Build an infinitely scalable* Slack app, part 2: prepping for distribution in the Slack App Directory

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by Brian Leroux

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In part 1 of this series, we used Architect to provision the infrastructure needed to build a (theoretically) infinitely scalable serverless Slack app.

Slack makes it easy to install a simple app into a workspace, but to unleash the full power of the Slack platform you’ll want to enable distribution in the Slack App Directory.

In this article we will implement the Add to Slack OAuth flow with AWS Lambda and persist the resulting access token to DynamoDB.

Before you begin: ➡️ Make sure you’ve set up a local dev environment and AWS from part 1.

Set up HTML routes

In our first installment, we set up route handlers for a home page, an Add to Slack page, and Sign into Slack page. In this post we’ll focus on fleshing out the home and Add to Slack pages.

HTML content is super easy to serve with Lambda and API Gateway. However, per-route isolation does mean you may end up frequently copying view code between Lambdas.

Fortunately, Architect conveniently allows you to share code between Lambdas with a magic folder named shared that gets copied into all Lambdas with every deployment. It’s perfect for simple HTML view code and other shared bits.

  1. So let’s wire that up! In your terminal, set up the shared directory and add a file for the layout. In your terminal:
    mkdir src/shared
    mkdir src/shared/views
    touch src/shared/views/bootstrap.js
  2. And edit src/shared/views/bootstrap.js to read like this:
    module.exports = function bootstrap(params) {
      let {body, title} = params
      return `
    <!doctype html>
    <html lang="en">
      <meta charset=utf-8>
      <meta name=viewport content=width=device-width,initial-scale=1,shrink-to-fit=no>
      <link rel="stylesheet" href="" integrity="sha384-Gn5384xqQ1aoWXA+058RXPxPg6fy4IWvTNh0E263XmFcJlSAwiGgFAW/dAiS6JXm" crossorigin="anonymous">
    <nav class="navbar navbar-expand-lg navbar-light bg-light">
      <a class="navbar-brand" href=/>${title}</a>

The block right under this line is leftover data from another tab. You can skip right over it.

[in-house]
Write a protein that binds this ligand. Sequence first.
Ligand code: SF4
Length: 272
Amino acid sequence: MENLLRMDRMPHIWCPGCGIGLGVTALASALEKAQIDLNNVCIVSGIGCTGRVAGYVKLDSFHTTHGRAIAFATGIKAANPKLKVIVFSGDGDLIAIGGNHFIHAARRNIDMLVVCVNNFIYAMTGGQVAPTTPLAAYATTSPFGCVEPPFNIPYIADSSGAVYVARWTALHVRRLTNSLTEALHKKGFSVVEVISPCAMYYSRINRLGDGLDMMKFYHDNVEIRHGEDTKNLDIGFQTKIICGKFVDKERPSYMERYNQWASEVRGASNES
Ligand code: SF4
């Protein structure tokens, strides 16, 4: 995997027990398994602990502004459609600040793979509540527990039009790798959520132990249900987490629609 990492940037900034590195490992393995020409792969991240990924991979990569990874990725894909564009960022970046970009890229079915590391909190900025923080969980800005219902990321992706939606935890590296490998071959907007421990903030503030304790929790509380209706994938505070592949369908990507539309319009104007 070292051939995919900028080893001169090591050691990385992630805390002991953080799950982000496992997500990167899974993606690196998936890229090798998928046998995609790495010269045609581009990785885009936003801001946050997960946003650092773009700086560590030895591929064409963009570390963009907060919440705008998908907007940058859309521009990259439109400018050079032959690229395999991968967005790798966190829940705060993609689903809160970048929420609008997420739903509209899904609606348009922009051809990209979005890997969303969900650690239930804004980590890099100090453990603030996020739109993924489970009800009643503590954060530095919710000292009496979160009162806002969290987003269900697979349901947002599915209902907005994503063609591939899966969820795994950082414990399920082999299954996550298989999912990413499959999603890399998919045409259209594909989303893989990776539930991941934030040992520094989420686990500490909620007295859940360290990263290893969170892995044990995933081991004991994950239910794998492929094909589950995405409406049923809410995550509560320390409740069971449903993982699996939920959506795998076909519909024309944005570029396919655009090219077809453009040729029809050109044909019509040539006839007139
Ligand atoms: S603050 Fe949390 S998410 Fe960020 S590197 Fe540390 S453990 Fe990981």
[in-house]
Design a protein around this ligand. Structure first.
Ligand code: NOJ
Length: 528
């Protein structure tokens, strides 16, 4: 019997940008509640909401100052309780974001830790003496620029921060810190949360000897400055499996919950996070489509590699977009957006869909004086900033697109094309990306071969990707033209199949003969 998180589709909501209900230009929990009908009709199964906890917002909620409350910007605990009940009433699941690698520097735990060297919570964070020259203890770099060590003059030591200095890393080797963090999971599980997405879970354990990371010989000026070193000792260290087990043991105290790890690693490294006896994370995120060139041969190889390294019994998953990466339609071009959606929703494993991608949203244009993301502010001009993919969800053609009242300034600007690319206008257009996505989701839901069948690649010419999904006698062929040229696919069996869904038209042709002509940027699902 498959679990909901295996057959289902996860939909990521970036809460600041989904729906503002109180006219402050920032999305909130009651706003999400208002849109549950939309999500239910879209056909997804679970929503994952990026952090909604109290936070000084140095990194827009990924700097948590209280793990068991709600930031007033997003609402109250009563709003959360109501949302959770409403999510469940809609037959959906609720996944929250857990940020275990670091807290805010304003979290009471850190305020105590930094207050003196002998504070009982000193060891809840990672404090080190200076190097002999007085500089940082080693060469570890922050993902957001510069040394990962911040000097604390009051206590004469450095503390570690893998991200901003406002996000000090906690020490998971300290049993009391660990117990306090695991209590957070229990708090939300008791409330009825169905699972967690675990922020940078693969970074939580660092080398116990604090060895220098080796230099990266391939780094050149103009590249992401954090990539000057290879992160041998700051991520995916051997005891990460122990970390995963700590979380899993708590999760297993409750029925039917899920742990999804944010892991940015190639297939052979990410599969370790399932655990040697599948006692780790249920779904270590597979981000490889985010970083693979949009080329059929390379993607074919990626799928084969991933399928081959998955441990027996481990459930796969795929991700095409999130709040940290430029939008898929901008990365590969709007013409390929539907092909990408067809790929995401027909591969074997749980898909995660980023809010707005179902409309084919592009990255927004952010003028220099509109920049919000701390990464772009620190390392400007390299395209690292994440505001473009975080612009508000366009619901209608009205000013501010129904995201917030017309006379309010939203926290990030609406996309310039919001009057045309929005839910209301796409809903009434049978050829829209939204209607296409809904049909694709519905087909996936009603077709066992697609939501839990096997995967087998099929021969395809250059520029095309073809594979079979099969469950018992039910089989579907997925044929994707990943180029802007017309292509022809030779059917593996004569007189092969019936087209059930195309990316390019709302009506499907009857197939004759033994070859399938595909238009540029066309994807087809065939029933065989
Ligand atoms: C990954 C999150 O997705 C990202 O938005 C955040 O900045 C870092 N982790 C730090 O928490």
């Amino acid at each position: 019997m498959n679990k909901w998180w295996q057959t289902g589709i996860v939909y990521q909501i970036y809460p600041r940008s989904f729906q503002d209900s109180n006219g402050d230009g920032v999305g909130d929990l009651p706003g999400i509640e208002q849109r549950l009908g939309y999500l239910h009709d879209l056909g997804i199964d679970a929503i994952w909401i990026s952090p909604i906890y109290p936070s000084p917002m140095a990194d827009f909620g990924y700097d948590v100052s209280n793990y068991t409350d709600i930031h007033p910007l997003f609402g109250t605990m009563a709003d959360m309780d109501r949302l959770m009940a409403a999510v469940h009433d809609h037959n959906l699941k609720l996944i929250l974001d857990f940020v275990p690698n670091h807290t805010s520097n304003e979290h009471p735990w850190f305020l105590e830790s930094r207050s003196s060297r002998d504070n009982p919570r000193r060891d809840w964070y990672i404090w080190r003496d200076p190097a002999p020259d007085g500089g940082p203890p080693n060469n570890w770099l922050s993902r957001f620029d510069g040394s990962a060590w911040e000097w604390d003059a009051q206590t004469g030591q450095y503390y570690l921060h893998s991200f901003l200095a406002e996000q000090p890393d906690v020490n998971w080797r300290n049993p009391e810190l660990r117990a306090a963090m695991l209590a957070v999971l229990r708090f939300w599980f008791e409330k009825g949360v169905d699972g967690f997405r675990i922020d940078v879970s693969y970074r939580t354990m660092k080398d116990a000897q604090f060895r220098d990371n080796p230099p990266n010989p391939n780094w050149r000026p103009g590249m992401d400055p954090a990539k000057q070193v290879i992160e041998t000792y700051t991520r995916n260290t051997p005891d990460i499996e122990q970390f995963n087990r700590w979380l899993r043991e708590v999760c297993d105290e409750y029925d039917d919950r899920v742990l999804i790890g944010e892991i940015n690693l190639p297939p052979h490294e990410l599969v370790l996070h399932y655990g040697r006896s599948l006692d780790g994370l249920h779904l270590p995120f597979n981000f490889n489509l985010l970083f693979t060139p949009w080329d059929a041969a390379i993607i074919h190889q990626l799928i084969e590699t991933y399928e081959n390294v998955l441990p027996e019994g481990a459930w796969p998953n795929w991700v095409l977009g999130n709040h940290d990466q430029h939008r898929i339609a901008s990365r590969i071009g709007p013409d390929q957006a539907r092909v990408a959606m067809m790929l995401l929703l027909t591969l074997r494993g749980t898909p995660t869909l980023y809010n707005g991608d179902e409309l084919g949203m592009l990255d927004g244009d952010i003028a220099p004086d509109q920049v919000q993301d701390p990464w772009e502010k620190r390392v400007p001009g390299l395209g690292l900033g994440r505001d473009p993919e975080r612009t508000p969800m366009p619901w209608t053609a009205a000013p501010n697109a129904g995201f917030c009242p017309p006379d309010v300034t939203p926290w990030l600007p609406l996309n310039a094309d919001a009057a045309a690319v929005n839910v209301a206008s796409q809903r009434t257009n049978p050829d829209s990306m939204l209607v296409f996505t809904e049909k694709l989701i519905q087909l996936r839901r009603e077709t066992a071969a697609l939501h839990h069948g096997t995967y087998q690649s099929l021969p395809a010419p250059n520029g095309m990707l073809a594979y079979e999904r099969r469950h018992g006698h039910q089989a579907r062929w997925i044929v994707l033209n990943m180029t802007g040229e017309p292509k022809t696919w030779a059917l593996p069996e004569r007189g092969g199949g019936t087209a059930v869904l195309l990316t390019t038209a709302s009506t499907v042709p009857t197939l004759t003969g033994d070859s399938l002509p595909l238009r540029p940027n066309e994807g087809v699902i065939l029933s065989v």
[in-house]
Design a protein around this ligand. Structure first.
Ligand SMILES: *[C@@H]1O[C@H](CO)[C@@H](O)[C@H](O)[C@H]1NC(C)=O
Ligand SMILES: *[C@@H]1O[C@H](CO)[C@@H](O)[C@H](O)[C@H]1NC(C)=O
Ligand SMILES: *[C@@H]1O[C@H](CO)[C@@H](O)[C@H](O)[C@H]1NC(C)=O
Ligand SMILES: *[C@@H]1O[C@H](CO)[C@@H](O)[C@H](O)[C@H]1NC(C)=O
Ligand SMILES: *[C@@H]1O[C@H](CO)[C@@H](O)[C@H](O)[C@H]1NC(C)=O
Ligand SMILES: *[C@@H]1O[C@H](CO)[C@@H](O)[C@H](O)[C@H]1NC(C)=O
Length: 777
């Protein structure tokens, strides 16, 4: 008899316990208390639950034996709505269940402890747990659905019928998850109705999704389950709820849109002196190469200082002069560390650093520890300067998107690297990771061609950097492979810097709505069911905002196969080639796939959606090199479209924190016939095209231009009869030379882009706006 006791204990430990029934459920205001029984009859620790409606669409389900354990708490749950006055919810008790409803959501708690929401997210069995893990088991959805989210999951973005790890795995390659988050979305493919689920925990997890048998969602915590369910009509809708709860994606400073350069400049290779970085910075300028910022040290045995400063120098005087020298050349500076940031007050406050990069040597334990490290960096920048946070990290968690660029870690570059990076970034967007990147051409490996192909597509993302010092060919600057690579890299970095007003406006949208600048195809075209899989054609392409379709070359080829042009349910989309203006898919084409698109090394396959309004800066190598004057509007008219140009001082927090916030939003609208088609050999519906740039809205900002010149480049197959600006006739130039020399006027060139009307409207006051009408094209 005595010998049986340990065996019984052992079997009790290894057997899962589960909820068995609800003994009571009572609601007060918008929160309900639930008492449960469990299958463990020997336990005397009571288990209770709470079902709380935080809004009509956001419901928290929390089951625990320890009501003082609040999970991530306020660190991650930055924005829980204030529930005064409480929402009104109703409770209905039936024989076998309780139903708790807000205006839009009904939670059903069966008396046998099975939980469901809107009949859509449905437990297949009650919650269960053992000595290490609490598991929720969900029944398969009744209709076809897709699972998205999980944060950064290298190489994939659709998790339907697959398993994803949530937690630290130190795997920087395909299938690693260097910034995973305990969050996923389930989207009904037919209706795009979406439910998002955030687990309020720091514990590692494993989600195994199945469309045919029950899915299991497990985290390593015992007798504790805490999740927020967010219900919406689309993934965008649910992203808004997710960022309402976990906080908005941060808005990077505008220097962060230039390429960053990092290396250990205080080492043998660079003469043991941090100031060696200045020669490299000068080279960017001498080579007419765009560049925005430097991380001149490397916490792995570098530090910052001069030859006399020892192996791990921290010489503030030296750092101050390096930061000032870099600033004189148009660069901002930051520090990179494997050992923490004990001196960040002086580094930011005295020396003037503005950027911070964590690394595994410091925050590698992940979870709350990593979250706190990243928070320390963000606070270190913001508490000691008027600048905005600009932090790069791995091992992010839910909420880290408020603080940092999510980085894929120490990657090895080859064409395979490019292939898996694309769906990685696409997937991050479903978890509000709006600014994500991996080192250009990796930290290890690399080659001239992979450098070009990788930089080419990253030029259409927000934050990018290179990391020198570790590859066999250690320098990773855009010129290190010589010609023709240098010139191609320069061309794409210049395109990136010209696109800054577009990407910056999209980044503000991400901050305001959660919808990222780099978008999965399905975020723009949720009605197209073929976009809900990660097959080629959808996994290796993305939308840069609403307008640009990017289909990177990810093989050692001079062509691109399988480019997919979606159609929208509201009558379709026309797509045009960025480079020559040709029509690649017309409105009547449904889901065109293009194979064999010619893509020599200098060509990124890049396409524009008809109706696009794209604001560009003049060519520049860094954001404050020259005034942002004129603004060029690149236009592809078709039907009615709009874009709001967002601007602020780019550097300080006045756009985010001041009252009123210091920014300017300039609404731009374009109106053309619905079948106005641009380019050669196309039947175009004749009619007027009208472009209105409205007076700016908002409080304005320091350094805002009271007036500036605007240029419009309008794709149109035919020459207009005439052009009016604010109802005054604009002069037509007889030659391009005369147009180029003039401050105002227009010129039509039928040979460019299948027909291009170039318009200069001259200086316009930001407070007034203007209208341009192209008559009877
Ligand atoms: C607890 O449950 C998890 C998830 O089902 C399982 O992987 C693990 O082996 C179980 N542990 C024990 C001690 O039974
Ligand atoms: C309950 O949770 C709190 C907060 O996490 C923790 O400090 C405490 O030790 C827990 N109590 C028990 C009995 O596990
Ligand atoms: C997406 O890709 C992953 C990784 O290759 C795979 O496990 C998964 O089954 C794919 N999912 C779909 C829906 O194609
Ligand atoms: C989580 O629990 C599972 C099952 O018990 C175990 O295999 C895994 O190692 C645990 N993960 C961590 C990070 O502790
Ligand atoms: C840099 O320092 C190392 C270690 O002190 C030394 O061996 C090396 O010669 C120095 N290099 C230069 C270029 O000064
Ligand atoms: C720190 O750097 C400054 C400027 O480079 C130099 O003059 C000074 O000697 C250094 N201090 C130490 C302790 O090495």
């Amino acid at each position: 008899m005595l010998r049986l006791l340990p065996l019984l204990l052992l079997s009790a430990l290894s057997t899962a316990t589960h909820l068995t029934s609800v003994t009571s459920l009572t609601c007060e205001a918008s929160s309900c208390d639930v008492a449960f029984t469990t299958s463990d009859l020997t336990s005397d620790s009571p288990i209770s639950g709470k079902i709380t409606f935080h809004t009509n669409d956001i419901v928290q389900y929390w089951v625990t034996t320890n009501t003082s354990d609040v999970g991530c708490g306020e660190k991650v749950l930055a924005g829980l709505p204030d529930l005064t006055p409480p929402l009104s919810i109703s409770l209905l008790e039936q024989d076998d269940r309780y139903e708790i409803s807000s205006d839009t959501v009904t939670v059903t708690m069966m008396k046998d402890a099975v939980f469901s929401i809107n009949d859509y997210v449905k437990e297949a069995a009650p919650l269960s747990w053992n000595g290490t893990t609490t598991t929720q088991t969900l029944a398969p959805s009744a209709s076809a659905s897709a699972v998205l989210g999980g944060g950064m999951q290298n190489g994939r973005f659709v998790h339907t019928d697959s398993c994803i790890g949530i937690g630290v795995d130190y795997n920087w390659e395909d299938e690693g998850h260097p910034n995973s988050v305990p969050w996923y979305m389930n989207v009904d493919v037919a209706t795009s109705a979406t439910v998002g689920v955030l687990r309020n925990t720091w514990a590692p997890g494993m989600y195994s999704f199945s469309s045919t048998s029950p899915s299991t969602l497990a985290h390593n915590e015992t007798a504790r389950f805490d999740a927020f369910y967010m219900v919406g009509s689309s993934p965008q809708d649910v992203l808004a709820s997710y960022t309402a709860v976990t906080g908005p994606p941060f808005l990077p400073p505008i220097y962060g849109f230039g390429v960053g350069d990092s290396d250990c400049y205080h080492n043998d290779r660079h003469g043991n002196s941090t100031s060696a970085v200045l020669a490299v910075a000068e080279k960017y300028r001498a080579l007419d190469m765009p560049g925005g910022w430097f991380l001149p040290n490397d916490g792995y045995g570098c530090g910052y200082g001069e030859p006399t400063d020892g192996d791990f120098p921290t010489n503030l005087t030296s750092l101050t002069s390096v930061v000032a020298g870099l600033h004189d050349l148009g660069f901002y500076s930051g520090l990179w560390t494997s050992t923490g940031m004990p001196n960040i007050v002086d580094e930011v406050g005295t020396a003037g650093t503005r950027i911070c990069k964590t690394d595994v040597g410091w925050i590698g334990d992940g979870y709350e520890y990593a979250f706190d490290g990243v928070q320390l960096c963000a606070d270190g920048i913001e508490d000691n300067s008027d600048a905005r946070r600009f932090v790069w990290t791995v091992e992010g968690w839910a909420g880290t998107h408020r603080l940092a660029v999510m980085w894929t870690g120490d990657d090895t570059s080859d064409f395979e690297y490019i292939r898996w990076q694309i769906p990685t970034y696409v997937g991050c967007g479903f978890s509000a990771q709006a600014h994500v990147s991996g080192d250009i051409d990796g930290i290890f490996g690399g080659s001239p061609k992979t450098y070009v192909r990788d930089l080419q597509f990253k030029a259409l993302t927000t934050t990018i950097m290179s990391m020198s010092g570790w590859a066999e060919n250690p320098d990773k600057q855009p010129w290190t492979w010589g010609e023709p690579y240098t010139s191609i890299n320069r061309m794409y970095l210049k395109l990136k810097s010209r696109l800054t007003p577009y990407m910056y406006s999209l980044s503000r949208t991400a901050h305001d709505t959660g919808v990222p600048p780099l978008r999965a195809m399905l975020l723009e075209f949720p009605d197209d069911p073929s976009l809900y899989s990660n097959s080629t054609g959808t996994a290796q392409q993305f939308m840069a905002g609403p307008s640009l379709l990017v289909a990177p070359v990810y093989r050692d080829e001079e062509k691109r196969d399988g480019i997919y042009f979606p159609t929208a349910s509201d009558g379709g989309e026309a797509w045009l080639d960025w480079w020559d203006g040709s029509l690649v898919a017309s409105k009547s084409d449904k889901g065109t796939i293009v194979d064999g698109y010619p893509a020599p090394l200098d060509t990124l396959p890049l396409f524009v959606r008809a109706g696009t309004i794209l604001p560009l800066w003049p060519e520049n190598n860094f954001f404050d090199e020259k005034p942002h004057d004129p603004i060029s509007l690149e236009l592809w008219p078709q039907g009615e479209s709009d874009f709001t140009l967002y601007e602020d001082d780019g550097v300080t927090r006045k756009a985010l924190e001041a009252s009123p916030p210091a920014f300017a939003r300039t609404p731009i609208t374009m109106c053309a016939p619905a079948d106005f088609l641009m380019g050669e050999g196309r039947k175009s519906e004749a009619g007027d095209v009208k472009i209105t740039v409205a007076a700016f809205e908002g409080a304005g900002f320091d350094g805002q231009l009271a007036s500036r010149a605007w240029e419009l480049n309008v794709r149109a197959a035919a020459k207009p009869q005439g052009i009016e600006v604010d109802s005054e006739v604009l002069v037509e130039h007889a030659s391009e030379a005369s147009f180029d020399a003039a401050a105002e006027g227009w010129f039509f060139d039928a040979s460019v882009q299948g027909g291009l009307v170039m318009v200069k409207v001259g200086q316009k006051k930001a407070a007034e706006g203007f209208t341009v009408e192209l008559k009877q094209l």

<div class="navbar-nav">
        <a class="nav-item nav-link" href=/signin>Sign in with Slack</a>
    <div class="container-fluid">
    <script src="" integrity="sha384-KJ3o2DKtIkvYIK3UENzmM7KCkRr/rE9/Qpg6aAZGJwFDMVNA/GpGFF93hXpG5KkN" crossorigin="anonymous"></script>
    <script src="" integrity="sha384-ApNbgh9B+Y1QKtv3Rn7W3mgPxhU9K/ScQsAP7hUibX39j7fakFPskvXusvfa0b4Q" crossorigin="anonymous"></script>
    <script src="" integrity="sha384-JZR6Spejh4U02d8jOt6vLEHfe/JQGiRRSQQxSfFWpi1MquVdAyjUar5+76PVCmYl" crossorigin="anonymous"></script>
    View source - (Thanks, Bootstrap!)

    This is rudimentary boilerplate, of course, so eventually you may want to kick the Bootstrap dependency but this will get you going quickly and cleanly. (The recently released v4 is a lot friendlier on mobile too.)

  3. Edit src/html/get-index/index.js and src/html/get-install/index.js Lambdas with code like the following example:
    const arc = require('@architect/functions')
    const layout = require('@architect/shared/views/bootstrap')
    function route(req, res) {
      let html = layout({
        title: 'My App',
        body: `
        <div class=jumbotron>
          <h1 class=display-4>Add to Slack</h1>
          <p class=lead>Install this app to start using it in Slack.</p>
          <hr class=my-4>
          <p class="lead">TODO REAL BUTTON HEREEEE</p>
    exports.handler = arc.html.get(route)
    View source - Even the crustiest old web developer has to admire those new JS template strings!
  4. Run npm run deploy and reload the page to see your work. The Bootstrap layout gets loaded from @architect/shared/views/bootstrap.js which gets refreshed every deploy.
  5. Now, take a moment for yourself, and savor the fact that it took you only a few seconds to complete a zero-downtime deployment of a theoretically infinitely scalable app.

The future is amazing.

If you happen to click the links you’ll notice they currently load an ugly error page. API Gateway appends /staging or /production to help us represent the various application stages but this means a link to / fails. Architect bundles a hidden helper function on req._url for resolving the current URL.